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The ten councils who used the Regulation of Investigative Powers Act (RIPA) the most between 2008 and 2011, according to details from Big Brother Watch:
- Kent - 319
- New Castle upon Tyne - 290
- Dundee City - 263
- Bromley - 206
- Walsall - 202
- Birmingham - 194
- Sandwell - 179
- Wolverhampton - 168
- Rotherham - 160
- Brent - 139
The civil liberties group Big Brother Watch says its report on the use of terror laws by local authorities was only the "tip of the iceberg". A number of public bodies, including the Royal Mail and Ofsted, refused to give details of activities under the Regulation of Investigative Powers Act.
Big Brother Watch is now calling for a thorough review of RIPA powers. Legislation in May meant councils now have to apply to magistrates to use RIPA. The civil liberties group says this condition should be applied to all public bodies intending to use the same powers.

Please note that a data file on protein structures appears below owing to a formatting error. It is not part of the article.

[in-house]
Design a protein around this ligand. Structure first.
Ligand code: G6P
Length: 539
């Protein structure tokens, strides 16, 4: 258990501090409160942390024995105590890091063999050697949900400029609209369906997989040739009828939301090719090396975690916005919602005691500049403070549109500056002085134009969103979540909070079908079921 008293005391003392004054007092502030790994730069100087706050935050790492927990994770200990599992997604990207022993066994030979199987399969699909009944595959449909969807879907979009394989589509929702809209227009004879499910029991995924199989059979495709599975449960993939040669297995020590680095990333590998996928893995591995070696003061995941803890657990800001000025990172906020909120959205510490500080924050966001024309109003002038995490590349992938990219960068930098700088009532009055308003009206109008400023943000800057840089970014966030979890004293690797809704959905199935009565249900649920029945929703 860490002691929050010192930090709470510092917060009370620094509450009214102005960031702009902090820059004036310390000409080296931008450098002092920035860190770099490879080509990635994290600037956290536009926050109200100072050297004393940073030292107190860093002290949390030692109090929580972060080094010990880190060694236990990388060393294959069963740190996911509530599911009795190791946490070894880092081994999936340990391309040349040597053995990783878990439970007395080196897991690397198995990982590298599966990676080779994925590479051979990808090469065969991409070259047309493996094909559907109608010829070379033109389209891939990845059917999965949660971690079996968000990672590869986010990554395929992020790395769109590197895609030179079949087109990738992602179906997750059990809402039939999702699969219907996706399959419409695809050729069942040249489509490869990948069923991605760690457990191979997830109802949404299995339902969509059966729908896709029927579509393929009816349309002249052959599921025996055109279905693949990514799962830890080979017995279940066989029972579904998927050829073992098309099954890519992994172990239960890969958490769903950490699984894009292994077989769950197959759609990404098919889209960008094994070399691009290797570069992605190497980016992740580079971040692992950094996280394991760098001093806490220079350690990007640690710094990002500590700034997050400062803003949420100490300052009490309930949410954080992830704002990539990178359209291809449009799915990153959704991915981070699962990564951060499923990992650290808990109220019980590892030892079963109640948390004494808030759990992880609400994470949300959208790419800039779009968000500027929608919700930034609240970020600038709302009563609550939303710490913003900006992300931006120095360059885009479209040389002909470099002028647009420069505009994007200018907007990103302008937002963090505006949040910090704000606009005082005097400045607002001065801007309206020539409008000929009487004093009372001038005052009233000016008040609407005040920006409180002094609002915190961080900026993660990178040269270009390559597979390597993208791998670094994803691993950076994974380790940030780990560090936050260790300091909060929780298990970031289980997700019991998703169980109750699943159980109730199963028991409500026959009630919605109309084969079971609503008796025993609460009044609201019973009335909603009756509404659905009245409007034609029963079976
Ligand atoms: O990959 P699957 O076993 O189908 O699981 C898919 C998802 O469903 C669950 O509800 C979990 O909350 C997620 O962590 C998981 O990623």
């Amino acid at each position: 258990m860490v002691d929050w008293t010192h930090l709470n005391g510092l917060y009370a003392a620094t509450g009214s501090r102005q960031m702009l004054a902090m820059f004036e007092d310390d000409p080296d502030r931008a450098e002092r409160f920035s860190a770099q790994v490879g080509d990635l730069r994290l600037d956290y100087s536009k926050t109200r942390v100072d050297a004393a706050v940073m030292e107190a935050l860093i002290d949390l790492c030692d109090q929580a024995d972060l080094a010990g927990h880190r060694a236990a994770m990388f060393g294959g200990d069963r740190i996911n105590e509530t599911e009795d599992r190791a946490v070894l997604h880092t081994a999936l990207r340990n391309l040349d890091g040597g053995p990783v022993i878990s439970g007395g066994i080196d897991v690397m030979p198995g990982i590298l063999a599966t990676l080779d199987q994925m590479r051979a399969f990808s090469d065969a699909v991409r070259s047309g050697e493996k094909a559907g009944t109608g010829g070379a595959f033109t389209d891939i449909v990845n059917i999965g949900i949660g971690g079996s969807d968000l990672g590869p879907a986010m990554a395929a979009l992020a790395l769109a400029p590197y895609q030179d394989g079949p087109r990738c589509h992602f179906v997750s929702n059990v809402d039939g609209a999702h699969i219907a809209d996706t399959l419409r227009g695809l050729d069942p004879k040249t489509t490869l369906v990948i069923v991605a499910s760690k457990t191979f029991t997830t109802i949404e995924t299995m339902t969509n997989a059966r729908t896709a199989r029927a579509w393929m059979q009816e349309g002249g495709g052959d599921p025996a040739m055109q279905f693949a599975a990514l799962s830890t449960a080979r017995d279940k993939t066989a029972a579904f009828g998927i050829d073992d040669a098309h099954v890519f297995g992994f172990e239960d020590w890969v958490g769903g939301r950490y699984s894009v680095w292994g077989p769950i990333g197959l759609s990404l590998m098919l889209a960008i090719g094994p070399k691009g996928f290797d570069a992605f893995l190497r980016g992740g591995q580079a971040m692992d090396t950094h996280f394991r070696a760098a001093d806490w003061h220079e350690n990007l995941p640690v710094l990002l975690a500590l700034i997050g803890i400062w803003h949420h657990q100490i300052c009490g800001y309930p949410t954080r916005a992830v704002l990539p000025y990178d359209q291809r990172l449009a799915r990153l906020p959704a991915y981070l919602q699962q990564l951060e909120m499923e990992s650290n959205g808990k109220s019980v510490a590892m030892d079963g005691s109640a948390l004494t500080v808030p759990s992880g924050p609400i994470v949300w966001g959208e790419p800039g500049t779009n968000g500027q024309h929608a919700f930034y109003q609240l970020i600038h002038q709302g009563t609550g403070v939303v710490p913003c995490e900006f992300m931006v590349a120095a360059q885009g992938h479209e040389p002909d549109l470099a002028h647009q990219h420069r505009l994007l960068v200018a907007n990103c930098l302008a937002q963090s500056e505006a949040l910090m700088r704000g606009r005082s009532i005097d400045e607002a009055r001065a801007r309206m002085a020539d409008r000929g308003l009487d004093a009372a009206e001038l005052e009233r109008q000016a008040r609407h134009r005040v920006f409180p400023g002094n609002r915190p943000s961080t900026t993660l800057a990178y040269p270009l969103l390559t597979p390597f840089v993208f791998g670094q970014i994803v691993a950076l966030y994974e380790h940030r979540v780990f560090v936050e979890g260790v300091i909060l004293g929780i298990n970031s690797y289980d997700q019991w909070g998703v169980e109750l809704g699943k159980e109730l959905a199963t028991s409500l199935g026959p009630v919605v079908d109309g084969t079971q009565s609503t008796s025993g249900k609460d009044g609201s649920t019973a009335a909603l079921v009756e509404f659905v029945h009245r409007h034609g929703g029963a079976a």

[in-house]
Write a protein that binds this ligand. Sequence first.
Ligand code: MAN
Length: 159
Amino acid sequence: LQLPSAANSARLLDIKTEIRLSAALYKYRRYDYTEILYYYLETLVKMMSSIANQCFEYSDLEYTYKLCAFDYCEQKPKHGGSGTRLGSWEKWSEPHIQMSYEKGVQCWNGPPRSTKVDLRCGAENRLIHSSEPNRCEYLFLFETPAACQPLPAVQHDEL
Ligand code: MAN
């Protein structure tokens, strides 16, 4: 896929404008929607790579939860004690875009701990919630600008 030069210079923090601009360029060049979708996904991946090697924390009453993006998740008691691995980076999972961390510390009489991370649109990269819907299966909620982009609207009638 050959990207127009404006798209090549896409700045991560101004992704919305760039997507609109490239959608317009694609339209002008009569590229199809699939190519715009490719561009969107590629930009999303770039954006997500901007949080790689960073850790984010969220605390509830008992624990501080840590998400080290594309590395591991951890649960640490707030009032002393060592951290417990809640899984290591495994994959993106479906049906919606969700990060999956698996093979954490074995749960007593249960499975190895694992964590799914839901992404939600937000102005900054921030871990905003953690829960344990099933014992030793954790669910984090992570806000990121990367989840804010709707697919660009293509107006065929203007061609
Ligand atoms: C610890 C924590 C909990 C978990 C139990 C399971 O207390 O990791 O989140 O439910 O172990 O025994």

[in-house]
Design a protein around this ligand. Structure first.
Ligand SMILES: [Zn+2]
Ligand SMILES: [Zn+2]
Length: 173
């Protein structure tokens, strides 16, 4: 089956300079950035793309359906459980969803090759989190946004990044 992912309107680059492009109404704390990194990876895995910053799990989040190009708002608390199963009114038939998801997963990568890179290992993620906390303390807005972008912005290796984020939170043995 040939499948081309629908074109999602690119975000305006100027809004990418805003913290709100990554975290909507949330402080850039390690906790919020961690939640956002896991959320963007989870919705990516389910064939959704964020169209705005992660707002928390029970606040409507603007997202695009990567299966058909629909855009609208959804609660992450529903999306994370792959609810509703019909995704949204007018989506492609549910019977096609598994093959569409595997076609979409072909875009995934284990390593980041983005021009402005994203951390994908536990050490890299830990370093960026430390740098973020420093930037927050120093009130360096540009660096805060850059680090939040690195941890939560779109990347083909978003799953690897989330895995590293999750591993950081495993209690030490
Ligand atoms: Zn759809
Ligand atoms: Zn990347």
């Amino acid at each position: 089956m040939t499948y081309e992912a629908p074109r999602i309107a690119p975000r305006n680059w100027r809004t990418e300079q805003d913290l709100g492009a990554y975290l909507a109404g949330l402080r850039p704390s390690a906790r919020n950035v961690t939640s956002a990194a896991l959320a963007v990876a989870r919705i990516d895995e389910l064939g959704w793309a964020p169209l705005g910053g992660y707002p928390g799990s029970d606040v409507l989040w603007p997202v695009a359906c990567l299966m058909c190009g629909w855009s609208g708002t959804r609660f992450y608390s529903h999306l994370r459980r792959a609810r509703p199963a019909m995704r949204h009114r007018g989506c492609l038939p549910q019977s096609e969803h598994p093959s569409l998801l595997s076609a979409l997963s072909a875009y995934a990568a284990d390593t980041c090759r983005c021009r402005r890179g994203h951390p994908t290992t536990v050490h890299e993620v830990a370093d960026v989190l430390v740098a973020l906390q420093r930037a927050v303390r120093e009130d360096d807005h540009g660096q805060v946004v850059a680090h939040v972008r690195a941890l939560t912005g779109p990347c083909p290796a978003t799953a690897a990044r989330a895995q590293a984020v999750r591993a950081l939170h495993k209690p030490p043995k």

Local authorities used powers designed to combat terrorism to pursue cases of dog fouling, fly tipping and breaching smoking bans, according to a new report. The civil liberties group Big Brother Watch said 9,607 surveillance operations had been carried out by councils, often for trivial offences.
The report showed 26 councils used the powers under the Regulation of Investigatory Powers Act (RIPA) to spy on suspected cases of dog fouling, and 7 authorities investigated suspected breaches of the smoking ban.
Big Brother Watch obtained details from 345 local authorities across the UK under the Freedom of Information Act. Among the cases highlighted in the report was:
- Suffolk County Council, which was said to have used powers to make test purchases of a puppy, dating agency services and at a house of horrors
- Stockton Borough Council was said to have used powers for investigations into a fraudulent escort agency and the movement of pigs
- Councils used it on 550 occasions to try to catch fly-tippers
A report today shows that local councils carried out more than 9000 surveillance operations over 3 years to investigate minor offences such as dog fouling or breaching smoking bans. Big Brother Watch says it highlights the extent to which public bodies are abusing laws designed to combat terrorism.